The Diverse Experiences of Ageing in the UK Today
Exploring the complex realities behind the hyperbole
Thursday 26th March 2015 – 08.30 – 09.30
Happenstance, 1a Ludgate Hill, London EC4M 7AA
The March 2015 Trajectory Trends Breakfast will explore the realities of life for the over 50s in the UK today, exploring the full range of experiences and addressing the extreme representations of the audience.
In this General Election year there is much debate about the importance of the Grey vote in the context of austerity, pensions and other ring-fenced benefits. Indeed some commentators seem to relish the prospect of inter-generational (economic) conflict between the older and the youngest generations.
Politically there is also much debate about the importance of older voters to the rise of UKIP, specifically the appeal of their historic and insular rhetoric in the face of contemporary challenges and socio-economic change. Again an opposition is posited between the generations – this time in relation to diversity.
It is of course important at the outset to recognise the plurality of audiences under consideration; the 50-64 cohort, the 65-79 year olds and those aged 80 and above.
Indeed there is a huge amount of rhetoric surrounding the affluent, healthy over-50s, with high levels of disposable income and adventurous, technology savvy lifestyles. The challenge for brands here is to learn a new language of marketing and to wean themselves away from their obsession with the youth market.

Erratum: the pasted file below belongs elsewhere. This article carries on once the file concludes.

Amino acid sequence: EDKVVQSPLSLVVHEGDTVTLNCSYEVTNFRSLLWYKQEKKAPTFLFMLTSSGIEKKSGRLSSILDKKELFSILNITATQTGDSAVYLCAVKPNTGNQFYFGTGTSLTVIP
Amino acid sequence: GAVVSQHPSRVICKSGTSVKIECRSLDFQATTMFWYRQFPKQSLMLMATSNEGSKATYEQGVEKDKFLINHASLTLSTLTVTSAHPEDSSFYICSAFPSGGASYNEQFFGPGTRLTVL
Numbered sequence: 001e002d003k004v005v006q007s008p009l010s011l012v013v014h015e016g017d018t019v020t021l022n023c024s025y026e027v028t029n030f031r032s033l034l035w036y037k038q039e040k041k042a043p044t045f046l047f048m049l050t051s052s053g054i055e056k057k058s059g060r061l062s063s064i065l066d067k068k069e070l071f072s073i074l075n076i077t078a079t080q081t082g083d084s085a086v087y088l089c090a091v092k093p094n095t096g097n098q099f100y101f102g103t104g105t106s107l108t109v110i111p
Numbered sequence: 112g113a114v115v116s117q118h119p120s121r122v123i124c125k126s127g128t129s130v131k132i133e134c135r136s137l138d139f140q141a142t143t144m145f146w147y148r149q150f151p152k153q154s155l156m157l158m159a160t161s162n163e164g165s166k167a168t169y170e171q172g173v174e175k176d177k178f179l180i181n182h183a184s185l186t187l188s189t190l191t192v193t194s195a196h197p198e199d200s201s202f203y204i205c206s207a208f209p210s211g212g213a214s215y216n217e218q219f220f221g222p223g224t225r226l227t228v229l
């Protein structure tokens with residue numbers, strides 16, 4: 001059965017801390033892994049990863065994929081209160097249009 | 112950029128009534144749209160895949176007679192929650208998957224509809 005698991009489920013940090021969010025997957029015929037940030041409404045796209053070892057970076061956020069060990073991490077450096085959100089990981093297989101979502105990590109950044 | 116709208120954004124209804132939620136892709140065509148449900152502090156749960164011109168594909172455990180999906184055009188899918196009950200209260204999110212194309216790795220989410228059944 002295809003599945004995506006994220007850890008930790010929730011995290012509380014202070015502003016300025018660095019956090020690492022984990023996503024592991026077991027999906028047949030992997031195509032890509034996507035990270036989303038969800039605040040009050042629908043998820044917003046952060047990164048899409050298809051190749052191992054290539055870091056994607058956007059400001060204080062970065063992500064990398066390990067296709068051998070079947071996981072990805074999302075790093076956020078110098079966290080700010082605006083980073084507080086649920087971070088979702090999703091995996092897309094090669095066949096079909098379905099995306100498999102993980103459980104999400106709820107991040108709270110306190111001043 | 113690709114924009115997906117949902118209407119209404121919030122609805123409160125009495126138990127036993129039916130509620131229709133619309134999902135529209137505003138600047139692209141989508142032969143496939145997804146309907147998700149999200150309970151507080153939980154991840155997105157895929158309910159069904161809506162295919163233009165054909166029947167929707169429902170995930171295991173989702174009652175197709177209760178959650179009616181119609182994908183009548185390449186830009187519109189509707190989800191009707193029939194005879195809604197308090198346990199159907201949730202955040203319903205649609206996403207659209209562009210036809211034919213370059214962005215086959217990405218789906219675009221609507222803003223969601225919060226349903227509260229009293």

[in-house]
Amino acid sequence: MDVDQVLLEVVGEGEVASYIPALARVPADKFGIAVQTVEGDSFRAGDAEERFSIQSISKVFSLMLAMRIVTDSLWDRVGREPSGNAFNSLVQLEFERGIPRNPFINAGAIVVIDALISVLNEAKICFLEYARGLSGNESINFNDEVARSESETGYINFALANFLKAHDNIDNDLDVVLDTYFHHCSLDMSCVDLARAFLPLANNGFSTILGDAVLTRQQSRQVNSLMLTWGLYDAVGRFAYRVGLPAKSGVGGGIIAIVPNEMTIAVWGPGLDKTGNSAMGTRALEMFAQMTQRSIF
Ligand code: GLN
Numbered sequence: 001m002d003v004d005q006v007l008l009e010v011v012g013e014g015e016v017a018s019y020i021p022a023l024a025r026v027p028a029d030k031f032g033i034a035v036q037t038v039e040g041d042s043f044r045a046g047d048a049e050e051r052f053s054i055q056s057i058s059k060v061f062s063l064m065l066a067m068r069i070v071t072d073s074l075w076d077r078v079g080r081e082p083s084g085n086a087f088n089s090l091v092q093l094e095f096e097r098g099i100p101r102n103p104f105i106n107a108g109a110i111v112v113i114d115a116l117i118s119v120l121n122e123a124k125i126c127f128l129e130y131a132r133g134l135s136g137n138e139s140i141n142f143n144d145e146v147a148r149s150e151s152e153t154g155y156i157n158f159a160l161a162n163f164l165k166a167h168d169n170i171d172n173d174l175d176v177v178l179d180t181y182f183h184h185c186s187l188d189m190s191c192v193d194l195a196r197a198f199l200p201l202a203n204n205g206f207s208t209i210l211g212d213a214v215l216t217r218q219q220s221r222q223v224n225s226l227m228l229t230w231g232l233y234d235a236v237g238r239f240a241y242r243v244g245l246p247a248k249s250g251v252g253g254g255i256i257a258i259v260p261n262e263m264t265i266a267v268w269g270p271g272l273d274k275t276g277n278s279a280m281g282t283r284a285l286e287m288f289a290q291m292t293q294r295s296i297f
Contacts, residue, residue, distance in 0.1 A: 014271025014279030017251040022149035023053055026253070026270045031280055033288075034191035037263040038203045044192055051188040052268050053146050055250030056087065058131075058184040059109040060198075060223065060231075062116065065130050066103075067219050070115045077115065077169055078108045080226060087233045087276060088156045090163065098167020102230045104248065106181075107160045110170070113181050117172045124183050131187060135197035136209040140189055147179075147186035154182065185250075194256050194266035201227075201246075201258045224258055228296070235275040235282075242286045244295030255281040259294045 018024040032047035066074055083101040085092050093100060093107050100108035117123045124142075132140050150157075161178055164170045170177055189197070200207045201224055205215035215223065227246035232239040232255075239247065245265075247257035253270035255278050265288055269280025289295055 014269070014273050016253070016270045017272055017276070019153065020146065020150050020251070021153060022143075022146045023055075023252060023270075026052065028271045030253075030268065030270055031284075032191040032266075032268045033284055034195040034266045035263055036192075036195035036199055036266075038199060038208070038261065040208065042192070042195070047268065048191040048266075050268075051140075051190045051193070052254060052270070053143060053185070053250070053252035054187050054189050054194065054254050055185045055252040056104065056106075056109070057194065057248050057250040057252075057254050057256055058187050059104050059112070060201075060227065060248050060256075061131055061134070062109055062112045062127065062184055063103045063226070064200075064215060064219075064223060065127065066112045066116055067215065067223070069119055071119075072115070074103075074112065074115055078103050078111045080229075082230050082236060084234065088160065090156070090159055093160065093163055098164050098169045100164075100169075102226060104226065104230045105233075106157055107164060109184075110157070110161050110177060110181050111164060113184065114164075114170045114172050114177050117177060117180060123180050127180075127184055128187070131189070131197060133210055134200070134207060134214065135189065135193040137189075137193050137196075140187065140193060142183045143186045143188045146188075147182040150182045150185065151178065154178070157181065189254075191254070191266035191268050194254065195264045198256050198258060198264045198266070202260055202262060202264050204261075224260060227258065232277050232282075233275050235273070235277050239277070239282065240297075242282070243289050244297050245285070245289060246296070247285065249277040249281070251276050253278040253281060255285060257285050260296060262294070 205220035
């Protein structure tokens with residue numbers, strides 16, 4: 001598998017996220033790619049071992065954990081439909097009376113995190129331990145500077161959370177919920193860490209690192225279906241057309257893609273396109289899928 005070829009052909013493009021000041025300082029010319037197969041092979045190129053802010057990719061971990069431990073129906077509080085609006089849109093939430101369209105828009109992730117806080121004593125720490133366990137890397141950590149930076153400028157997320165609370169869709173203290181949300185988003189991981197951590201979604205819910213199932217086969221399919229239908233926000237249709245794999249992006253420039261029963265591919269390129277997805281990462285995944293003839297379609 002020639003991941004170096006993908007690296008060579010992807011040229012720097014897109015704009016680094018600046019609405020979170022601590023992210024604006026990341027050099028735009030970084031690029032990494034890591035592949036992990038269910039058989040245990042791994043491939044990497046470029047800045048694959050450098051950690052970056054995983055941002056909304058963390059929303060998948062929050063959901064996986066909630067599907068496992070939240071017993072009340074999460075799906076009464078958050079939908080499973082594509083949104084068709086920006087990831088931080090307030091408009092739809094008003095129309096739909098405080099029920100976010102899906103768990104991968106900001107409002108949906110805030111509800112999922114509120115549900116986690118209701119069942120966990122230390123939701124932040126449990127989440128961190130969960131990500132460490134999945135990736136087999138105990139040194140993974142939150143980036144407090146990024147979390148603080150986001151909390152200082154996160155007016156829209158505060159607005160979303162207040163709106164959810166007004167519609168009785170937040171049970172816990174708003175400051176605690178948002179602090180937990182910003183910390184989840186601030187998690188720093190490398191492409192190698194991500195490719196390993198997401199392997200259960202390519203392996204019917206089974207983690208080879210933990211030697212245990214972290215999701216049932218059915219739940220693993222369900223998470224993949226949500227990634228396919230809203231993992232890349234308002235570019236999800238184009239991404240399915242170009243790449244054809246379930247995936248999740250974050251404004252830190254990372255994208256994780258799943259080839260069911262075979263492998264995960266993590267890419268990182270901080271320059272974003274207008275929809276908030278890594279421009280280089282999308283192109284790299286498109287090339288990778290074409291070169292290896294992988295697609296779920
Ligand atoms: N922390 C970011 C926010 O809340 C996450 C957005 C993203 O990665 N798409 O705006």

Arguably it is to this affluent and informed older audience that the reforms to pension annuities have been delivered, but how appropriate is this extrapolation and what are the challenges and opportunities ahead? How robust is the guidance being made available, how capable are consumers of navigating the new framework, and what are the chances of (yet) another mis-selling scandal in the years ahead?
Overall, and in keeping with many other advanced economies, especially in Europe, the UK faces a future dominated by an ageing population, as such the pension reforms can be seen as part of an ongoing process of risk transference from the state to the individual (including the shift from final salary to defined contribution pensions). The challenges of health and social care provision and funding are also fundamentally related to ageing and the resulting increase in the dependency ratio.
Here we can see emerging signs of an exciting future for tech mediated health monitoring and independent home living. This has wider implications for society and for urban living – if mobility is at a premium then accessible local services are all the more important.
It’s a fascinating subject to explore and we very much hope that you will join us for what is sure to be a stim-ulating hour of discussion.
To book your place simply mail Michael Brennan @ email@example.com